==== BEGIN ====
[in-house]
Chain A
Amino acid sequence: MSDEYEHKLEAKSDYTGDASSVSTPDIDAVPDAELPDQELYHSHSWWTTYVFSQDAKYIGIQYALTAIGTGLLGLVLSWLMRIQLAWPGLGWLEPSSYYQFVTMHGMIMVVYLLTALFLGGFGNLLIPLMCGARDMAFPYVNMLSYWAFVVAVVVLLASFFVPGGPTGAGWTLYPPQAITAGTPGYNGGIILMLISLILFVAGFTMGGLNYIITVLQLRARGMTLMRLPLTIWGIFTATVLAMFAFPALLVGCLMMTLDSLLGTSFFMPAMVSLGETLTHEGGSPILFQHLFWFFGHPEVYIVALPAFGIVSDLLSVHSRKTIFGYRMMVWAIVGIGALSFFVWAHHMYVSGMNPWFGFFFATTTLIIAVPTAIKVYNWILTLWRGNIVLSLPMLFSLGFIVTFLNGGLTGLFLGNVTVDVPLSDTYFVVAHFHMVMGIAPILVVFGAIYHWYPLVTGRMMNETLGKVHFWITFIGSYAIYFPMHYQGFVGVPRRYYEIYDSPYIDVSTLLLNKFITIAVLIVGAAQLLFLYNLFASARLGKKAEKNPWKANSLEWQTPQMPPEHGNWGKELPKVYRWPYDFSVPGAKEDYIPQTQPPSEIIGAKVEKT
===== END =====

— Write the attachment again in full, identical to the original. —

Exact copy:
[in-house]
Chain A
Amino acid sequence: MSDEYEHKLEAKSDYTGDASSVSTPDIDAVPDAELPDQELYHSHSWWTTYVFSQDAKYIGIQYALTAIGTGLLGLVLSWLMRIQLAWPGLGWLEPSSYYQFVTMHGMIMVVYLLTALFLGGFGNLLIPLMCGARDMAFPYVNMLSYWAFVVAVVVLLASFFVPGGPTGAGWTLYPPQAITAGTPGYNGGIILMLISLILFVAGFTMGGLNYIITVLQLRARGMTLMRLPLTIWGIFTATVLAMFAFPALLVGCLMMTLDSLLGTSFFMPAMVSLGETLTHEGGSPILFQHLFWFFGHPEVYIVALPAFGIVSDLLSVHSRKTIFGYRMMVWAIVGIGALSFFVWAHHMYVSGMNPWFGFFFATTTLIIAVPTAIKVYNWILTLWRGNIVLSLPMLFSLGFIVTFLNGGLTGLFLGNVTVDVPLSDTYFVVAHFHMVMGIAPILVVFGAIYHWYPLVTGRMMNETLGKVHFWITFIGSYAIYFPMHYQGFVGVPRRYYEIYDSPYIDVSTLLLNKFITIAVLIVGAAQLLFLYNLFASARLGKKAEKNPWKANSLEWQTPQMPPEHGNWGKELPKVYRWPYDFSVPGAKEDYIPQTQPPSEIIGAKVEKT